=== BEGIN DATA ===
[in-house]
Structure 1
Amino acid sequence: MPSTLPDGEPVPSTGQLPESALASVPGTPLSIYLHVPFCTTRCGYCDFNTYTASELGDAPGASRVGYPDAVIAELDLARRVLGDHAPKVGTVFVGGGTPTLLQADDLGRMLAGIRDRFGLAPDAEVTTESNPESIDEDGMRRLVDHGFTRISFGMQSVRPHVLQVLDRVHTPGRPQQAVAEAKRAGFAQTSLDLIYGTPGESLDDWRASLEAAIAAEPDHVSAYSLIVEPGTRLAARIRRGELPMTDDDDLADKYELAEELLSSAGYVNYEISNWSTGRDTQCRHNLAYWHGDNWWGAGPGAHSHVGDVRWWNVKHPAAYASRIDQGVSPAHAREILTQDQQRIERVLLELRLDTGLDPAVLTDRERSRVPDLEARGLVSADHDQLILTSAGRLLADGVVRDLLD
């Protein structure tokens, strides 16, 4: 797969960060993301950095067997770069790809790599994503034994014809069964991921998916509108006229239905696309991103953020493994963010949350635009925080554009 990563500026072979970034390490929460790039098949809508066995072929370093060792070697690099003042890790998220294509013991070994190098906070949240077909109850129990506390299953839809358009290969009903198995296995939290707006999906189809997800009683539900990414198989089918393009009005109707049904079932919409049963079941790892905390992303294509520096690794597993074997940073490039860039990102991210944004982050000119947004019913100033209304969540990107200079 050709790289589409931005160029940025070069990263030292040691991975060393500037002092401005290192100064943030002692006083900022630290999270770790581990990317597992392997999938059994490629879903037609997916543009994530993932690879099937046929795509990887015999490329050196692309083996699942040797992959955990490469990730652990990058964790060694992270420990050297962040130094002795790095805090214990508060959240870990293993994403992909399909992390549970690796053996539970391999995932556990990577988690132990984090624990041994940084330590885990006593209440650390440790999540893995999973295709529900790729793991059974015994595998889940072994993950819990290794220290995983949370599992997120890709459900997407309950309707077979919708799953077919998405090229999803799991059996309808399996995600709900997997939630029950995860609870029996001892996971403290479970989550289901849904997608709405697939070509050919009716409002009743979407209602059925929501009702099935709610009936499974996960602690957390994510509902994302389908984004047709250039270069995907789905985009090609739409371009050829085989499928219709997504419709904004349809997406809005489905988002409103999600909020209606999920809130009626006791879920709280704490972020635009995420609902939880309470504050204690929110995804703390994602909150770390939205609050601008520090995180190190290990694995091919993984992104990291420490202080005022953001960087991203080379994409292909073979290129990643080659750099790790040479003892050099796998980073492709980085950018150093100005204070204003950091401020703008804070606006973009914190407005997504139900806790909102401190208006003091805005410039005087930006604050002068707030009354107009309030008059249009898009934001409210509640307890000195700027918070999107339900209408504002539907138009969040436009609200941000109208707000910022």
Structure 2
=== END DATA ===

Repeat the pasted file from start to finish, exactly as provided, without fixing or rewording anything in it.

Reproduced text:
[in-house]
Structure 1
Amino acid sequence: MPSTLPDGEPVPSTGQLPESALASVPGTPLSIYLHVPFCTTRCGYCDFNTYTASELGDAPGASRVGYPDAVIAELDLARRVLGDHAPKVGTVFVGGGTPTLLQADDLGRMLAGIRDRFGLAPDAEVTTESNPESIDEDGMRRLVDHGFTRISFGMQSVRPHVLQVLDRVHTPGRPQQAVAEAKRAGFAQTSLDLIYGTPGESLDDWRASLEAAIAAEPDHVSAYSLIVEPGTRLAARIRRGELPMTDDDDLADKYELAEELLSSAGYVNYEISNWSTGRDTQCRHNLAYWHGDNWWGAGPGAHSHVGDVRWWNVKHPAAYASRIDQGVSPAHAREILTQDQQRIERVLLELRLDTGLDPAVLTDRERSRVPDLEARGLVSADHDQLILTSAGRLLADGVVRDLLD
């Protein structure tokens, strides 16, 4: 797969960060993301950095067997770069790809790599994503034994014809069964991921998916509108006229239905696309991103953020493994963010949350635009925080554009 990563500026072979970034390490929460790039098949809508066995072929370093060792070697690099003042890790998220294509013991070994190098906070949240077909109850129990506390299953839809358009290969009903198995296995939290707006999906189809997800009683539900990414198989089918393009009005109707049904079932919409049963079941790892905390992303294509520096690794597993074997940073490039860039990102991210944004982050000119947004019913100033209304969540990107200079 050709790289589409931005160029940025070069990263030292040691991975060393500037002092401005290192100064943030002692006083900022630290999270770790581990990317597992392997999938059994490629879903037609997916543009994530993932690879099937046929795509990887015999490329050196692309083996699942040797992959955990490469990730652990990058964790060694992270420990050297962040130094002795790095805090214990508060959240870990293993994403992909399909992390549970690796053996539970391999995932556990990577988690132990984090624990041994940084330590885990006593209440650390440790999540893995999973295709529900790729793991059974015994595998889940072994993950819990290794220290995983949370599992997120890709459900997407309950309707077979919708799953077919998405090229999803799991059996309808399996995600709900997997939630029950995860609870029996001892996971403290479970989550289901849904997608709405697939070509050919009716409002009743979407209602059925929501009702099935709610009936499974996960602690957390994510509902994302389908984004047709250039270069995907789905985009090609739409371009050829085989499928219709997504419709904004349809997406809005489905988002409103999600909020209606999920809130009626006791879920709280704490972020635009995420609902939880309470504050204690929110995804703390994602909150770390939205609050601008520090995180190190290990694995091919993984992104990291420490202080005022953001960087991203080379994409292909073979290129990643080659750099790790040479003892050099796998980073492709980085950018150093100005204070204003950091401020703008804070606006973009914190407005997504139900806790909102401190208006003091805005410039005087930006604050002068707030009354107009309030008059249009898009934001409210509640307890000195700027918070999107339900209408504002539907138009969040436009609200941000109208707000910022």
Structure 2